They claim the merger between the Norfolk and Suffolk mental health trusts was supposed to safeguard frontline services, and added: "Frontline services in Suffolk have been savagely cut.
"The people of Suffolk, especially its children and young people, deserve so much better."
NSFT to adopt more joined-up approach to children's mental health
Trust bosses welcomed the CQC report, which did suggest waiting times at the wellbeing hub had improved and that staff were starting to feel listened to in Suffolk.
Pat Long, deputy director of operations in Suffolk, said: "The report, which recognises that 'some progress has been made in all areas', highlights issues that we were aware of and are working hard to address.
"We have exciting plans to transform the delivery of CFYP mental health services in Suffolk, including the establishment of a CFYP directorate."
The first phase of this is well under way, she said.
"This new approach, which will include a much higher degree of collaborative working with partner agencies, aims to reduce waits, deliver more focused care and provide high-quality patient care for children, families and young people in the county," she added.
"The directorate will support the new NSFT care group models for the management and leadership of the service in the county.
"Our staff will be more CFYP-focused in management and clinical structure, with service-specific training, increased staffing levels and a reporting line to meet the demand and needs of children and young people accessing our service, which will be under our new service and improved pathways for CFYP in Suffolk.
"Over the summer and early autumn, partners in the alliances will be looking at how mental health services can work more effectively alongside, and as part of, other child and family services, most notably Children and Young People Services in Suffolk County Council.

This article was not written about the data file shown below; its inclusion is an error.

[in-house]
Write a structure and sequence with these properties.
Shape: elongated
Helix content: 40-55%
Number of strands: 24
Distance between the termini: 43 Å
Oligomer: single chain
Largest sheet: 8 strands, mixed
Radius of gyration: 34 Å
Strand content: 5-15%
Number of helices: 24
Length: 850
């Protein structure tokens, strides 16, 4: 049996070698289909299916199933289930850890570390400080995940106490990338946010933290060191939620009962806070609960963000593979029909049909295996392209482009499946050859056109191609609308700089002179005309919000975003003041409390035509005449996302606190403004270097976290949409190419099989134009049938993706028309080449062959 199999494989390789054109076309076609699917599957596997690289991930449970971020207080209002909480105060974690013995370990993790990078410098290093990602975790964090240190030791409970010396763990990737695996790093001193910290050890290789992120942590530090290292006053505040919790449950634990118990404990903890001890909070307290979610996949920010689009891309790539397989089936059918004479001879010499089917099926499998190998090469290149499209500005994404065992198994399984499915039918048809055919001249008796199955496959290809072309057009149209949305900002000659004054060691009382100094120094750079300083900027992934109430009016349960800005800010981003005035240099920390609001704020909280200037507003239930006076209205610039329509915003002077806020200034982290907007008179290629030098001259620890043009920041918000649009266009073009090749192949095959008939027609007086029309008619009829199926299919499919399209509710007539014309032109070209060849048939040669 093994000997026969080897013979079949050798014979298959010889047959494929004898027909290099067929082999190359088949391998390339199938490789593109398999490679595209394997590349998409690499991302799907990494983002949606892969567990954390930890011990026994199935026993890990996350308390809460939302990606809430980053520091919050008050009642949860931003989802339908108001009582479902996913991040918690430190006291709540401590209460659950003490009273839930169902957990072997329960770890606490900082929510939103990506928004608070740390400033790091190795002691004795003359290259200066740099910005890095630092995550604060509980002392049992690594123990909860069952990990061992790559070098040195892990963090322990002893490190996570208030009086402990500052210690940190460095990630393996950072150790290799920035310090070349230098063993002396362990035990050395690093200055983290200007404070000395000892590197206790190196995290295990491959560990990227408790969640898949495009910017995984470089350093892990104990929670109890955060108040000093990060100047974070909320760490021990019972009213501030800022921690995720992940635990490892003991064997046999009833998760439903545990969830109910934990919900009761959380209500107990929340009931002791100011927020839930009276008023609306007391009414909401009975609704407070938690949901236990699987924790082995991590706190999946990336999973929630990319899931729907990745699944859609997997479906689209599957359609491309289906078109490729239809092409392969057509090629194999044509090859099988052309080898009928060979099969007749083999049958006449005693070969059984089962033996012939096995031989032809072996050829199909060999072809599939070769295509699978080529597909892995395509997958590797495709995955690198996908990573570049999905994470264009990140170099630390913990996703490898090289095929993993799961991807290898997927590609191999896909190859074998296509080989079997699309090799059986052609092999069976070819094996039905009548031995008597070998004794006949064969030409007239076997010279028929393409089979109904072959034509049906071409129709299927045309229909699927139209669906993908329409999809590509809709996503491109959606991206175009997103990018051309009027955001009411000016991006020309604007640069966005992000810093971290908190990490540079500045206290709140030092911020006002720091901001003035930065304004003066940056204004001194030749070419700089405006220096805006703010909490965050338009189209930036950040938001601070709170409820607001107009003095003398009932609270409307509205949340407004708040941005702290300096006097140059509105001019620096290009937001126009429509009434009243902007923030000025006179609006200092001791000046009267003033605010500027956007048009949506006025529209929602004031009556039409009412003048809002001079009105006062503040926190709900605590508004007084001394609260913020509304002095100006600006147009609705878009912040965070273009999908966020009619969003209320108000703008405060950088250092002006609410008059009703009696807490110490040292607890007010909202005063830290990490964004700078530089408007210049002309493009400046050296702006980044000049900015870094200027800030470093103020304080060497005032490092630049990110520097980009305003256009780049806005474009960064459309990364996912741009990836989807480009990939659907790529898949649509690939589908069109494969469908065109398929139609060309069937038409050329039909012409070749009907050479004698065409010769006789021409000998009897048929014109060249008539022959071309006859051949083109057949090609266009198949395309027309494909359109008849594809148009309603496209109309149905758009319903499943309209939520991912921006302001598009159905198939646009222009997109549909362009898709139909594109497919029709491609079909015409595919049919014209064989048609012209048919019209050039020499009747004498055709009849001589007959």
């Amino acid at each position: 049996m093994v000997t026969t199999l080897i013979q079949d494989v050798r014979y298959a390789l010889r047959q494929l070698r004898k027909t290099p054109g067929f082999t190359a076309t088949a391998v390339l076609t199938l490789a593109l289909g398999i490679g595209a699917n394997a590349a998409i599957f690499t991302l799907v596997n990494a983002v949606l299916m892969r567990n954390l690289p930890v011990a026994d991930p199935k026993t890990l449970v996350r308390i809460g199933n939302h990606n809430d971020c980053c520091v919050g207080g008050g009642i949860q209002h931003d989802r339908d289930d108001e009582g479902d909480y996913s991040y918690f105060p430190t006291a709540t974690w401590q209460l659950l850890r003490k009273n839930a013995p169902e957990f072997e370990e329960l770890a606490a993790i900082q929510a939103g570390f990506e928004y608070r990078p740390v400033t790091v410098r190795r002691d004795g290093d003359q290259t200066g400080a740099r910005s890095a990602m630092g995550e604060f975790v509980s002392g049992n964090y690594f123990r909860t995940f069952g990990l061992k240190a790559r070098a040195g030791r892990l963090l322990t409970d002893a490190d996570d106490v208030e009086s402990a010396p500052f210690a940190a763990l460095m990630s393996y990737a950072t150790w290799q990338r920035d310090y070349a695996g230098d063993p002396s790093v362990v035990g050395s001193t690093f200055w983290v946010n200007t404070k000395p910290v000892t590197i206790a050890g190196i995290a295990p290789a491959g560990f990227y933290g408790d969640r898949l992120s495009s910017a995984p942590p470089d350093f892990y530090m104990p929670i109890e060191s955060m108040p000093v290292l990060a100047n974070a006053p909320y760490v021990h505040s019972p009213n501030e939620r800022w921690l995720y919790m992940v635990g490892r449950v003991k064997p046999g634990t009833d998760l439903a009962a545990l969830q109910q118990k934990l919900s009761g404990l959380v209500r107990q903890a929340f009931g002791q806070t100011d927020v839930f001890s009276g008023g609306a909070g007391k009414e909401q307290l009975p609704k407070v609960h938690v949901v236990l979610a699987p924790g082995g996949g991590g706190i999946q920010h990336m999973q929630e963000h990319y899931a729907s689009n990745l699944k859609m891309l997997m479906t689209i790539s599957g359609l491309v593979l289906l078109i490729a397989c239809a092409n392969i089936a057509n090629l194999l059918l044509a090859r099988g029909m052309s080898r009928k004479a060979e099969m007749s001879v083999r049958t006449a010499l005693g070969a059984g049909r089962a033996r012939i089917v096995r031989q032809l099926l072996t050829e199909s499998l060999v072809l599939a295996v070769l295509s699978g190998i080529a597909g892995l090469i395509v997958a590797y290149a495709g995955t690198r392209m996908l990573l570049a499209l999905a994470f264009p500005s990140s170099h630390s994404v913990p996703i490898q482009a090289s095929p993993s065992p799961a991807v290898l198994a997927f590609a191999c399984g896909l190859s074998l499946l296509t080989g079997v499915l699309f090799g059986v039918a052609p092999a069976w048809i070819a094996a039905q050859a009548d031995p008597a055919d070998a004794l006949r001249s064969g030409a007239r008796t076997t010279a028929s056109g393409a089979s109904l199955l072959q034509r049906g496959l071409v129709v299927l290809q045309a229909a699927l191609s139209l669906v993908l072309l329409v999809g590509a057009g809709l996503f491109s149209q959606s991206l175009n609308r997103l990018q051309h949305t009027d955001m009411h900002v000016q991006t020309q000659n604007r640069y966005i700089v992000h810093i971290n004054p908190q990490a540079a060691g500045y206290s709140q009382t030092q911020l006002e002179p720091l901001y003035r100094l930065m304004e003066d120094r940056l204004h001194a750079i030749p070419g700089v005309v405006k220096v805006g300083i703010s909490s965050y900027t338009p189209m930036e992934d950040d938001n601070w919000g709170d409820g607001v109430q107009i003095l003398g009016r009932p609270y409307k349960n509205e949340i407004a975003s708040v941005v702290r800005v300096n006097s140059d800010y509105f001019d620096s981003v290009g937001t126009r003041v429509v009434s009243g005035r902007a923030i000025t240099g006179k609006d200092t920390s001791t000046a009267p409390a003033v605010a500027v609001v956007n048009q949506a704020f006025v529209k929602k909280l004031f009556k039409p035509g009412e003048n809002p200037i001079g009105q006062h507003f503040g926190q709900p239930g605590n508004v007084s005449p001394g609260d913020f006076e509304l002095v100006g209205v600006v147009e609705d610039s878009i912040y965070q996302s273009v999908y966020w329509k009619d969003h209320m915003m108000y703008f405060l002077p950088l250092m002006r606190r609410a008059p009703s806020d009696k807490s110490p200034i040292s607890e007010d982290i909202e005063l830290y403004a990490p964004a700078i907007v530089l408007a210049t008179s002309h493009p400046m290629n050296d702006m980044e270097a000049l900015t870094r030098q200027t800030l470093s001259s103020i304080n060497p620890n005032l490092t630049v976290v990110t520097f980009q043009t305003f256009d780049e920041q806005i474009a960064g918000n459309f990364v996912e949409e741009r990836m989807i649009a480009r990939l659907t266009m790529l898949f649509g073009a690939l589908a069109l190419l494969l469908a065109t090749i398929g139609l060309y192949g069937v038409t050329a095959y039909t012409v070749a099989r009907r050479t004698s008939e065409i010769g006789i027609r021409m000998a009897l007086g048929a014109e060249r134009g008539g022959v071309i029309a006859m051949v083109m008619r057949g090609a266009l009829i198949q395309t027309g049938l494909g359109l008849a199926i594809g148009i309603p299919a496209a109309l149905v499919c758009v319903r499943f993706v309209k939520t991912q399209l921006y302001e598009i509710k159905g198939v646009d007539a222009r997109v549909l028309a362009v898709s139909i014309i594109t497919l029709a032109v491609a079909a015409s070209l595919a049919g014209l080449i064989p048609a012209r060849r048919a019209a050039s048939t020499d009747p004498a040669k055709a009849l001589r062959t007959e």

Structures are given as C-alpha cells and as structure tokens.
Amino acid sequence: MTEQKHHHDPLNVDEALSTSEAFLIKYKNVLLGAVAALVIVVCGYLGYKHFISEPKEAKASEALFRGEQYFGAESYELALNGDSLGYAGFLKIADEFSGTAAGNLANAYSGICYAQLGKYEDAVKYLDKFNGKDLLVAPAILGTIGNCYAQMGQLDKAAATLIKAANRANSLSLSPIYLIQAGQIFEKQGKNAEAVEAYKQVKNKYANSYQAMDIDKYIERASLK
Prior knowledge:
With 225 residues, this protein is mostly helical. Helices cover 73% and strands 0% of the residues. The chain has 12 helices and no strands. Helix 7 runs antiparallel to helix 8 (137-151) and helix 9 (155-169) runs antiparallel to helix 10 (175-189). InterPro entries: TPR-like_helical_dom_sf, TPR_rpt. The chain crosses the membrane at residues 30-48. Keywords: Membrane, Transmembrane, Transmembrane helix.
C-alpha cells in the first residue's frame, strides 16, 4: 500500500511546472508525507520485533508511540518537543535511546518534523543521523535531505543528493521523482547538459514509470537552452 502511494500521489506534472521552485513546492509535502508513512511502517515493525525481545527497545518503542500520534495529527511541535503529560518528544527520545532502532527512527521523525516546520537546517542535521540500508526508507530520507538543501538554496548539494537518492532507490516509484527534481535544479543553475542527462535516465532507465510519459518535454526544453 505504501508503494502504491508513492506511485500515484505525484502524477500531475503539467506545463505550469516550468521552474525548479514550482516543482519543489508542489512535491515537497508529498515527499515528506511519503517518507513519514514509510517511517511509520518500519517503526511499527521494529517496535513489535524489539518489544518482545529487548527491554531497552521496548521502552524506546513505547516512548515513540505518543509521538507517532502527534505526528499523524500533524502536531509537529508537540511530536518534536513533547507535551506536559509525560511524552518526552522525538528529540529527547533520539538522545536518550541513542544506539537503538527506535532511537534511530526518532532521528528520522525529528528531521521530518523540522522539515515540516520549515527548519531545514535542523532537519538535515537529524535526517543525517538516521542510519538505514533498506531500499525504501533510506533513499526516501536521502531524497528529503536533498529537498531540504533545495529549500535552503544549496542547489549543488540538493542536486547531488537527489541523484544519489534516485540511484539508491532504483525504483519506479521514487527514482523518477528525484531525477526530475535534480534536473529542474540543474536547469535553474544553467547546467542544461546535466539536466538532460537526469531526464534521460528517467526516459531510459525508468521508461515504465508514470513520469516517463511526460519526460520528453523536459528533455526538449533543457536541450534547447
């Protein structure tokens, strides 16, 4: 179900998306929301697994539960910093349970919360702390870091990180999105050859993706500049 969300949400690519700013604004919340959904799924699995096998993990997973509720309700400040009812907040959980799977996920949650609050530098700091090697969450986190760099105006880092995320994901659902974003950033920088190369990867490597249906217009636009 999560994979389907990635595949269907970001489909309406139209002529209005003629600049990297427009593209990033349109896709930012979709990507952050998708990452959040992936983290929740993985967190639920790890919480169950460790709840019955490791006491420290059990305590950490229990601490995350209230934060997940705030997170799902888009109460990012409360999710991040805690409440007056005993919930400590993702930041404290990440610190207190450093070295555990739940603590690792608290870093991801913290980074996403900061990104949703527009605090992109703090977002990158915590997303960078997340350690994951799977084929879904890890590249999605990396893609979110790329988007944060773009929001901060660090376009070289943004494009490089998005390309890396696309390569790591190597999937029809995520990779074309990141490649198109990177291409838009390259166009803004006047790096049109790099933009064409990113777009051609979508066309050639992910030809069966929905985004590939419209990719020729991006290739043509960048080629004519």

"This will give us the opportunity to look at how we deliver the needs of children, families and young people together as an alliance."
'Underlying inequality' between Suffolk and Norfolk remains - MP
Dr Dan Poulter, who works as a mental health doctor alongside his role as an MP for Central Suffolk and North Ipswich, said there is a shortage of people wanting to work in children's mental health services nationally.
"It is a national issue, but I think this problem is much more acute in Suffolk," he said.
"There is an underlying inequality between Suffolk and Norfolk, and it has been that way historically too.
"Unfortunately, the last three recruitment campaigns for CAMHS (Children and Adult Mental Health Services) nurses and doctors in Suffolk have been unsuccessful.
"We need to attract people to Suffolk and I think a way of doing that could be to offer them relocation packages (i.e. cash incentives, like golden hellos where doctors are paid £50,000 to move to a certain area), to encourage them to work here.
He added: "Suffolk deserves better, and right now patients are not being given access to, or getting, the care they deserve."
Walker Close had to shut for two months because it didn't have a psychiatrist, and Lark Ward at Woodlands had to close as well last year because of staffing issues.
Dr Poulter said: "Solving staff shortages must be a priority for the new leadership team at NSFT. I think it's going to be a long term challenge which may take up to 18 months to resolve."
'Worrying Suffolk-centered issues identified'
Healthwatch Suffolk's chief executive Andy Yacoub said the report adds further evidence to their view that the only way forward for Suffolk is a strategy for the county not built around NSFT.
"Poor access to good quality and timely provision - particularly around crisis care needs - has meant many people have gone without the support they need with detrimental, and at times tragic, consequences for their quality of life.
"This latest report references worrying Suffolk-centered issues.
"A glance at our Feedback Centre calls attention to experiences which indicate services need significant improvement."